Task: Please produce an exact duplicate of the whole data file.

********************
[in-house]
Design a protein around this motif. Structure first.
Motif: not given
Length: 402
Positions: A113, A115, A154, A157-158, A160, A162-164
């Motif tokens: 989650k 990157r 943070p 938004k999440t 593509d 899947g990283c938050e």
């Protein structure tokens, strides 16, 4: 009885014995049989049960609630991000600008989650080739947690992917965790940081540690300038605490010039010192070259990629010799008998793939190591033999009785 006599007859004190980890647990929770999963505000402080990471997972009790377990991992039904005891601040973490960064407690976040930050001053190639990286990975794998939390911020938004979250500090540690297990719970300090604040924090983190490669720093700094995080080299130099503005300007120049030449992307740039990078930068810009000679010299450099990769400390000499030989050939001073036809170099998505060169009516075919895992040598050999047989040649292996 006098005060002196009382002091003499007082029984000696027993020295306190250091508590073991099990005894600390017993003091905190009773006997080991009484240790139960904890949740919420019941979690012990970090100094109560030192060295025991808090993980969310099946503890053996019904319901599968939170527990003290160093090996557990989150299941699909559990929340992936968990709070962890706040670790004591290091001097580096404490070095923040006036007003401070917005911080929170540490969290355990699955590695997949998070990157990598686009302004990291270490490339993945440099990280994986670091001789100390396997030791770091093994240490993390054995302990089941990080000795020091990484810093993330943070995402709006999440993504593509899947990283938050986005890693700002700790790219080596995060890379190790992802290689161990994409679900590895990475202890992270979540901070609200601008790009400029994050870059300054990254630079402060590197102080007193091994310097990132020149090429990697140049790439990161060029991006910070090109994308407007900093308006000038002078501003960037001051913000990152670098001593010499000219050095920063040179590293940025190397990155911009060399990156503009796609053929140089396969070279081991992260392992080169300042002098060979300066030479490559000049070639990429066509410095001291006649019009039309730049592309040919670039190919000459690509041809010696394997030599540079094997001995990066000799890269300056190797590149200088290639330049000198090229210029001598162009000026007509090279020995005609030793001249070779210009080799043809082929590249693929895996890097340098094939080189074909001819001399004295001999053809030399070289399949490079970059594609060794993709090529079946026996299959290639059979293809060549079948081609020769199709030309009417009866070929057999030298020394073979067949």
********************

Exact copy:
[in-house]
Design a protein around this motif. Structure first.
Motif: not given
Length: 402
Positions: A113, A115, A154, A157-158, A160, A162-164
């Motif tokens: 989650k 990157r 943070p 938004k999440t 593509d 899947g990283c938050e």
């Protein structure tokens, strides 16, 4: 009885014995049989049960609630991000600008989650080739947690992917965790940081540690300038605490010039010192070259990629010799008998793939190591033999009785 006599007859004190980890647990929770999963505000402080990471997972009790377990991992039904005891601040973490960064407690976040930050001053190639990286990975794998939390911020938004979250500090540690297990719970300090604040924090983190490669720093700094995080080299130099503005300007120049030449992307740039990078930068810009000679010299450099990769400390000499030989050939001073036809170099998505060169009516075919895992040598050999047989040649292996 006098005060002196009382002091003499007082029984000696027993020295306190250091508590073991099990005894600390017993003091905190009773006997080991009484240790139960904890949740919420019941979690012990970090100094109560030192060295025991808090993980969310099946503890053996019904319901599968939170527990003290160093090996557990989150299941699909559990929340992936968990709070962890706040670790004591290091001097580096404490070095923040006036007003401070917005911080929170540490969290355990699955590695997949998070990157990598686009302004990291270490490339993945440099990280994986670091001789100390396997030791770091093994240490993390054995302990089941990080000795020091990484810093993330943070995402709006999440993504593509899947990283938050986005890693700002700790790219080596995060890379190790992802290689161990994409679900590895990475202890992270979540901070609200601008790009400029994050870059300054990254630079402060590197102080007193091994310097990132020149090429990697140049790439990161060029991006910070090109994308407007900093308006000038002078501003960037001051913000990152670098001593010499000219050095920063040179590293940025190397990155911009060399990156503009796609053929140089396969070279081991992260392992080169300042002098060979300066030479490559000049070639990429066509410095001291006649019009039309730049592309040919670039190919000459690509041809010696394997030599540079094997001995990066000799890269300056190797590149200088290639330049000198090229210029001598162009000026007509090279020995005609030793001249070779210009080799043809082929590249693929895996890097340098094939080189074909001819001399004295001999053809030399070289399949490079970059594609060794993709090529079946026996299959290639059979293809060549079948081609020769199709030309009417009866070929057999030298020394073979067949």